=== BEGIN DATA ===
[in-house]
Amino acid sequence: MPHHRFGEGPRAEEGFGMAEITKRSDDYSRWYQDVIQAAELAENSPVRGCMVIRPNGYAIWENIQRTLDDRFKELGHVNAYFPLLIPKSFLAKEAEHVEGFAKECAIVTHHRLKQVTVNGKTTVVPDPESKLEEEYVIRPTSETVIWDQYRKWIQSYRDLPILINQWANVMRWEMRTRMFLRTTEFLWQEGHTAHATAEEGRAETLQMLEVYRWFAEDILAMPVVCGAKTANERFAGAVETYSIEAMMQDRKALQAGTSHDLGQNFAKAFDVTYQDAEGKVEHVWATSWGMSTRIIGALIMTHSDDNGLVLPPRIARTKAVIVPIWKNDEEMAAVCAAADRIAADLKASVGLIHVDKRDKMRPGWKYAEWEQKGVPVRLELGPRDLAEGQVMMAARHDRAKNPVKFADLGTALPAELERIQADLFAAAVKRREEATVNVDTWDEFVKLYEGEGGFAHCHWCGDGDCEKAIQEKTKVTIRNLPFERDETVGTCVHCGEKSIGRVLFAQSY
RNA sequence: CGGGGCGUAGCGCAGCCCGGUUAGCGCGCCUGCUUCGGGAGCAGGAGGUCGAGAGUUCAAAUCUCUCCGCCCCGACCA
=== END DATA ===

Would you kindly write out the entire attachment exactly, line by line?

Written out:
[in-house]
Amino acid sequence: MPHHRFGEGPRAEEGFGMAEITKRSDDYSRWYQDVIQAAELAENSPVRGCMVIRPNGYAIWENIQRTLDDRFKELGHVNAYFPLLIPKSFLAKEAEHVEGFAKECAIVTHHRLKQVTVNGKTTVVPDPESKLEEEYVIRPTSETVIWDQYRKWIQSYRDLPILINQWANVMRWEMRTRMFLRTTEFLWQEGHTAHATAEEGRAETLQMLEVYRWFAEDILAMPVVCGAKTANERFAGAVETYSIEAMMQDRKALQAGTSHDLGQNFAKAFDVTYQDAEGKVEHVWATSWGMSTRIIGALIMTHSDDNGLVLPPRIARTKAVIVPIWKNDEEMAAVCAAADRIAADLKASVGLIHVDKRDKMRPGWKYAEWEQKGVPVRLELGPRDLAEGQVMMAARHDRAKNPVKFADLGTALPAELERIQADLFAAAVKRREEATVNVDTWDEFVKLYEGEGGFAHCHWCGDGDCEKAIQEKTKVTIRNLPFERDETVGTCVHCGEKSIGRVLFAQSY
RNA sequence: CGGGGCGUAGCGCAGCCCGGUUAGCGCGCCUGCUUCGGGAGCAGGAGGUCGAGAGUUCAAAUCUCUCCGCCCCGACCA